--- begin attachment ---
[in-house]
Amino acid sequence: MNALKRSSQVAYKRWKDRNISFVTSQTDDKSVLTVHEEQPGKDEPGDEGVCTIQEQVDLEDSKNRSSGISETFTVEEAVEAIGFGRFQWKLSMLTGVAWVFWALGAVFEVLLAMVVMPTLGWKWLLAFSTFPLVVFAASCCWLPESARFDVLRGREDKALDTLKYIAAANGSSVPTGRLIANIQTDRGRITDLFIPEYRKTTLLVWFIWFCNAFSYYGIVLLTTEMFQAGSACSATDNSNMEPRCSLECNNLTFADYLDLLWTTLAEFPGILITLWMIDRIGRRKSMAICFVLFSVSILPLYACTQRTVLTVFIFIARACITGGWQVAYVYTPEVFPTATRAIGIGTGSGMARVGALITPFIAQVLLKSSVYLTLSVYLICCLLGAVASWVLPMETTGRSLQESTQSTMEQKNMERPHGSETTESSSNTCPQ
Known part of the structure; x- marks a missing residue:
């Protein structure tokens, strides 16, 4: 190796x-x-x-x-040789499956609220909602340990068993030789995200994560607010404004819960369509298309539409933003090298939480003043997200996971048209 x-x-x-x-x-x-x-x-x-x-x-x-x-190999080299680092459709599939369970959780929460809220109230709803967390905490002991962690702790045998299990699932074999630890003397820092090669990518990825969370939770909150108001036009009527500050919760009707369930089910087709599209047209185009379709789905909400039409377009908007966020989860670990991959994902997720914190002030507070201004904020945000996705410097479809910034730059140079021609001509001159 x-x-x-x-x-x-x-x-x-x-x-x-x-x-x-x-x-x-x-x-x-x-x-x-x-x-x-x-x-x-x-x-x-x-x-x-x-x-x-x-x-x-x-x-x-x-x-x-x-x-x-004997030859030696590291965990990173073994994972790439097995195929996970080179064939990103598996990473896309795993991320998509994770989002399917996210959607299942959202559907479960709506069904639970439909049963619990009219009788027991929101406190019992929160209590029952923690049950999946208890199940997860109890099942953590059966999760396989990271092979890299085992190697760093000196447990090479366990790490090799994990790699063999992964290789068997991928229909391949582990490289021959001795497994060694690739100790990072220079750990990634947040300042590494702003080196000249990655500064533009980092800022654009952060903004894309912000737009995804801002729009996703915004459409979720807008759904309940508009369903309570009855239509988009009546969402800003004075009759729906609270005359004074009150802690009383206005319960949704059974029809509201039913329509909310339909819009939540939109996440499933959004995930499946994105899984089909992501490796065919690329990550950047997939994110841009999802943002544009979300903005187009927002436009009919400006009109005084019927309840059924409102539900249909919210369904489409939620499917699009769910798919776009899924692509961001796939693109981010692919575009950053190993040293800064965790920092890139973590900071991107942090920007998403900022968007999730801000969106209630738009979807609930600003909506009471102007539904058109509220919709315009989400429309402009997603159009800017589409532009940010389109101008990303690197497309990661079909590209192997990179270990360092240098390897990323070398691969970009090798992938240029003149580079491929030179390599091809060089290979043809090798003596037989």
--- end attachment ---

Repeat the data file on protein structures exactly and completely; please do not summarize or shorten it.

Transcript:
[in-house]
Amino acid sequence: MNALKRSSQVAYKRWKDRNISFVTSQTDDKSVLTVHEEQPGKDEPGDEGVCTIQEQVDLEDSKNRSSGISETFTVEEAVEAIGFGRFQWKLSMLTGVAWVFWALGAVFEVLLAMVVMPTLGWKWLLAFSTFPLVVFAASCCWLPESARFDVLRGREDKALDTLKYIAAANGSSVPTGRLIANIQTDRGRITDLFIPEYRKTTLLVWFIWFCNAFSYYGIVLLTTEMFQAGSACSATDNSNMEPRCSLECNNLTFADYLDLLWTTLAEFPGILITLWMIDRIGRRKSMAICFVLFSVSILPLYACTQRTVLTVFIFIARACITGGWQVAYVYTPEVFPTATRAIGIGTGSGMARVGALITPFIAQVLLKSSVYLTLSVYLICCLLGAVASWVLPMETTGRSLQESTQSTMEQKNMERPHGSETTESSSNTCPQ
Known part of the structure; x- marks a missing residue:
């Protein structure tokens, strides 16, 4: 190796x-x-x-x-040789499956609220909602340990068993030789995200994560607010404004819960369509298309539409933003090298939480003043997200996971048209 x-x-x-x-x-x-x-x-x-x-x-x-x-190999080299680092459709599939369970959780929460809220109230709803967390905490002991962690702790045998299990699932074999630890003397820092090669990518990825969370939770909150108001036009009527500050919760009707369930089910087709599209047209185009379709789905909400039409377009908007966020989860670990991959994902997720914190002030507070201004904020945000996705410097479809910034730059140079021609001509001159 x-x-x-x-x-x-x-x-x-x-x-x-x-x-x-x-x-x-x-x-x-x-x-x-x-x-x-x-x-x-x-x-x-x-x-x-x-x-x-x-x-x-x-x-x-x-x-x-x-x-x-004997030859030696590291965990990173073994994972790439097995195929996970080179064939990103598996990473896309795993991320998509994770989002399917996210959607299942959202559907479960709506069904639970439909049963619990009219009788027991929101406190019992929160209590029952923690049950999946208890199940997860109890099942953590059966999760396989990271092979890299085992190697760093000196447990090479366990790490090799994990790699063999992964290789068997991928229909391949582990490289021959001795497994060694690739100790990072220079750990990634947040300042590494702003080196000249990655500064533009980092800022654009952060903004894309912000737009995804801002729009996703915004459409979720807008759904309940508009369903309570009855239509988009009546969402800003004075009759729906609270005359004074009150802690009383206005319960949704059974029809509201039913329509909310339909819009939540939109996440499933959004995930499946994105899984089909992501490796065919690329990550950047997939994110841009999802943002544009979300903005187009927002436009009919400006009109005084019927309840059924409102539900249909919210369904489409939620499917699009769910798919776009899924692509961001796939693109981010692919575009950053190993040293800064965790920092890139973590900071991107942090920007998403900022968007999730801000969106209630738009979807609930600003909506009471102007539904058109509220919709315009989400429309402009997603159009800017589409532009940010389109101008990303690197497309990661079909590209192997990179270990360092240098390897990323070398691969970009090798992938240029003149580079491929030179390599091809060089290979043809090798003596037989």